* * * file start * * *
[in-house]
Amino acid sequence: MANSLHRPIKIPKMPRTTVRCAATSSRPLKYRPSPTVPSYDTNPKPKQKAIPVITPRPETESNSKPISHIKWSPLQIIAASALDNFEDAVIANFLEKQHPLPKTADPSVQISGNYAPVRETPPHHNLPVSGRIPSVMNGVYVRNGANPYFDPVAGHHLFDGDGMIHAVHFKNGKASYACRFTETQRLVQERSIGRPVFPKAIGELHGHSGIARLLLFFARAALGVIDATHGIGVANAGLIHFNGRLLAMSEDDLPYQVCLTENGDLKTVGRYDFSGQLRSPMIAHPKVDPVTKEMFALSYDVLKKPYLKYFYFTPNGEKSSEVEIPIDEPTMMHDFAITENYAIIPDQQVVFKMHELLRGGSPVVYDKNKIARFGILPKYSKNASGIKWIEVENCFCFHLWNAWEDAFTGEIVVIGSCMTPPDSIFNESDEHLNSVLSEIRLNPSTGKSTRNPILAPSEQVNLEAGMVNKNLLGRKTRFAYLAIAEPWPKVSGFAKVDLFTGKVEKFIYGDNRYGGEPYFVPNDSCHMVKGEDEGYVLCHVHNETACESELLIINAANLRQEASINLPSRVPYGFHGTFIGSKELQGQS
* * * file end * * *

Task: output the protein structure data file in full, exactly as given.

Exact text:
[in-house]
Amino acid sequence: MANSLHRPIKIPKMPRTTVRCAATSSRPLKYRPSPTVPSYDTNPKPKQKAIPVITPRPETESNSKPISHIKWSPLQIIAASALDNFEDAVIANFLEKQHPLPKTADPSVQISGNYAPVRETPPHHNLPVSGRIPSVMNGVYVRNGANPYFDPVAGHHLFDGDGMIHAVHFKNGKASYACRFTETQRLVQERSIGRPVFPKAIGELHGHSGIARLLLFFARAALGVIDATHGIGVANAGLIHFNGRLLAMSEDDLPYQVCLTENGDLKTVGRYDFSGQLRSPMIAHPKVDPVTKEMFALSYDVLKKPYLKYFYFTPNGEKSSEVEIPIDEPTMMHDFAITENYAIIPDQQVVFKMHELLRGGSPVVYDKNKIARFGILPKYSKNASGIKWIEVENCFCFHLWNAWEDAFTGEIVVIGSCMTPPDSIFNESDEHLNSVLSEIRLNPSTGKSTRNPILAPSEQVNLEAGMVNKNLLGRKTRFAYLAIAEPWPKVSGFAKVDLFTGKVEKFIYGDNRYGGEPYFVPNDSCHMVKGEDEGYVLCHVHNETACESELLIINAANLRQEASINLPSRVPYGFHGTFIGSKELQGQS